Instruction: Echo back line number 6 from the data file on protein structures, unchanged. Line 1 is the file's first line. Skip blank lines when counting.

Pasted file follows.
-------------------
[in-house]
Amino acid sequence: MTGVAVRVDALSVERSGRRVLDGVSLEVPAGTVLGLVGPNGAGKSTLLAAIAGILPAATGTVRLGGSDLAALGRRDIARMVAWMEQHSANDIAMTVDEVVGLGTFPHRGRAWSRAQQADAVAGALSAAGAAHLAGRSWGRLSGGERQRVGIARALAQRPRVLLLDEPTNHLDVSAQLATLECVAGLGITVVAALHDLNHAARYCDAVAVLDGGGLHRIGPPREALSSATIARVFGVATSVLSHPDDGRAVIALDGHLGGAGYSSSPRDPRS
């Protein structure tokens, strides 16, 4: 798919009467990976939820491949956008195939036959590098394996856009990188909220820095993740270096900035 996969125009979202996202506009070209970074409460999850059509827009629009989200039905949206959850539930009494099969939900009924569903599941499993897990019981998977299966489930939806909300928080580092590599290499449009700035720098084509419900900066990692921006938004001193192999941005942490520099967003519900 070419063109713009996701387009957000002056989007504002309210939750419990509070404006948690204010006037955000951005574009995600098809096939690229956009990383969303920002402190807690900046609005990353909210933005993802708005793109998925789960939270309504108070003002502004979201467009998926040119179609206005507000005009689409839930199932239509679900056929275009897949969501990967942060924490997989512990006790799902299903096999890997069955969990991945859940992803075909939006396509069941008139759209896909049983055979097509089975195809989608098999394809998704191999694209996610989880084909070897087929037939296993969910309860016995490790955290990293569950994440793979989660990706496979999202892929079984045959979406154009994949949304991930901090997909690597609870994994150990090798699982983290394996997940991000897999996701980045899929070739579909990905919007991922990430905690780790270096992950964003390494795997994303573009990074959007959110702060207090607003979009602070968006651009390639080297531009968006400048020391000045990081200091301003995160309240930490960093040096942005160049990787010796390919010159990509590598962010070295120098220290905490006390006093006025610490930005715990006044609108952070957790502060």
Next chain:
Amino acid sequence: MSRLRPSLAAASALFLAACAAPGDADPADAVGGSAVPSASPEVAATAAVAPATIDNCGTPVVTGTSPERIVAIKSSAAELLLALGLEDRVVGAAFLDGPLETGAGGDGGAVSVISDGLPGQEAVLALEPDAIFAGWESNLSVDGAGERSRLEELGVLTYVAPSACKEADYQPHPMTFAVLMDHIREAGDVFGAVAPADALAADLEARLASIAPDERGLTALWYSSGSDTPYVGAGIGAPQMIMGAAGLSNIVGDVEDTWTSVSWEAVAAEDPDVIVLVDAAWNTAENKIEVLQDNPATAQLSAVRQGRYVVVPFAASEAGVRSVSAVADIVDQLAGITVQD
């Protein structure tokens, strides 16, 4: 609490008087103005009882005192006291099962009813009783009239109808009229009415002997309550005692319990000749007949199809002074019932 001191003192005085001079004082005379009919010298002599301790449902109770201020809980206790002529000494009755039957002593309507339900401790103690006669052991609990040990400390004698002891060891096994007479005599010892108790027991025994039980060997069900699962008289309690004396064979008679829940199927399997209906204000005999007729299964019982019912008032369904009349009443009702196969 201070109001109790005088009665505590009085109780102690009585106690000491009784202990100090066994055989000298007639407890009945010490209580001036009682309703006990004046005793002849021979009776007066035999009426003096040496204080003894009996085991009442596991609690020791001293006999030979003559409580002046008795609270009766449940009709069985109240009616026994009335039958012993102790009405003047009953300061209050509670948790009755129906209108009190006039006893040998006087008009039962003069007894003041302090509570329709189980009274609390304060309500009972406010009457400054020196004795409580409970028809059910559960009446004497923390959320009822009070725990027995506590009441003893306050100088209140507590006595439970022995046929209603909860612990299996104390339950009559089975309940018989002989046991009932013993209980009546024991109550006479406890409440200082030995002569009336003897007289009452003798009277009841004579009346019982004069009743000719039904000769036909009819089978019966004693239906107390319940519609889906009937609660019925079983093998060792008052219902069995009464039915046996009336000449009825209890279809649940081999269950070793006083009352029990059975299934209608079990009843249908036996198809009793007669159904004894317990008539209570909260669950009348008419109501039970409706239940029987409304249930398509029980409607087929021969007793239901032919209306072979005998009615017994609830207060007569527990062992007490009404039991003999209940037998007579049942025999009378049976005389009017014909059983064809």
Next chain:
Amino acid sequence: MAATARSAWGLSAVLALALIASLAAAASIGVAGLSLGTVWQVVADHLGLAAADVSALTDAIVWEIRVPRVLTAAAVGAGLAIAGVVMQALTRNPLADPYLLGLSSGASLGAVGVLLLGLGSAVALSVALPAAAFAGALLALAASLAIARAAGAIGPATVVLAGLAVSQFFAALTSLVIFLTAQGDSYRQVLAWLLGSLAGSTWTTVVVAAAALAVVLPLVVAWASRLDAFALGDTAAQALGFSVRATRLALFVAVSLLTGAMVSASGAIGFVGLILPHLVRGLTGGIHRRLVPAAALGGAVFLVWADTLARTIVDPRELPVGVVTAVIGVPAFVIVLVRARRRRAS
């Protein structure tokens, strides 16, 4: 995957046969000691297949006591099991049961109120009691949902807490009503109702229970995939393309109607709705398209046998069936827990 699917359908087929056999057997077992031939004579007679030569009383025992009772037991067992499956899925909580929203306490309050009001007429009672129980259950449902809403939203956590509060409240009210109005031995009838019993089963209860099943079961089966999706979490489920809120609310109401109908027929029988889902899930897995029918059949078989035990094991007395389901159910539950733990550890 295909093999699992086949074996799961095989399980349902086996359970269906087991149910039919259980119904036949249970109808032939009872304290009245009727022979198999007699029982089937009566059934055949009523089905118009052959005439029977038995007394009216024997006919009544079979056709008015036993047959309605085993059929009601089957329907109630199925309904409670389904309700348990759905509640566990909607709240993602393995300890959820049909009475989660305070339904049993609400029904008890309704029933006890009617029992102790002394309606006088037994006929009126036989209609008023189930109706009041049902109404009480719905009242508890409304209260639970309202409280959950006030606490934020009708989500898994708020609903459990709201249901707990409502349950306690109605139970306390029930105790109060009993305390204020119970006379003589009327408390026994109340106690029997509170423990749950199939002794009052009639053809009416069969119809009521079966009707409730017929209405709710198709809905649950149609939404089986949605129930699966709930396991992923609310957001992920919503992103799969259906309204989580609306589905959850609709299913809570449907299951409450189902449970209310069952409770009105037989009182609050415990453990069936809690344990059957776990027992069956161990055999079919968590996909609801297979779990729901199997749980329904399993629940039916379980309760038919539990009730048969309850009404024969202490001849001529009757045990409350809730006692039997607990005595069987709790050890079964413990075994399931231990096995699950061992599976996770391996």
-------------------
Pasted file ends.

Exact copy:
């Protein structure tokens, strides 16, 4: 609490008087103005009882005192006291099962009813009783009239109808009229009415002997309550005692319990000749007949199809002074019932 001191003192005085001079004082005379009919010298002599301790449902109770201020809980206790002529000494009755039957002593309507339900401790103690006669052991609990040990400390004698002891060891096994007479005599010892108790027991025994039980060997069900699962008289309690004396064979008679829940199927399997209906204000005999007729299964019982019912008032369904009349009443009702196969 201070109001109790005088009665505590009085109780102690009585106690000491009784202990100090066994055989000298007639407890009945010490209580001036009682309703006990004046005793002849021979009776007066035999009426003096040496204080003894009996085991009442596991609690020791001293006999030979003559409580002046008795609270009766449940009709069985109240009616026994009335039958012993102790009405003047009953300061209050509670948790009755129906209108009190006039006893040998006087008009039962003069007894003041302090509570329709189980009274609390304060309500009972406010009457400054020196004795409580409970028809059910559960009446004497923390959320009822009070725990027995506590009441003893306050100088209140507590006595439970022995046929209603909860612990299996104390339950009559089975309940018989002989046991009932013993209980009546024991109550006479406890409440200082030995002569009336003897007289009452003798009277009841004579009346019982004069009743000719039904000769036909009819089978019966004693239906107390319940519609889906009937609660019925079983093998060792008052219902069995009464039915046996009336000449009825209890279809649940081999269950070793006083009352029990059975299934209608079990009843249908036996198809009793007669159904004894317990008539209570909260669950009348008419109501039970409706239940029987409304249930398509029980409607087929021969007793239901032919209306072979005998009615017994609830207060007569527990062992007490009404039991003999209940037998007579049942025999009378049976005389009017014909059983064809």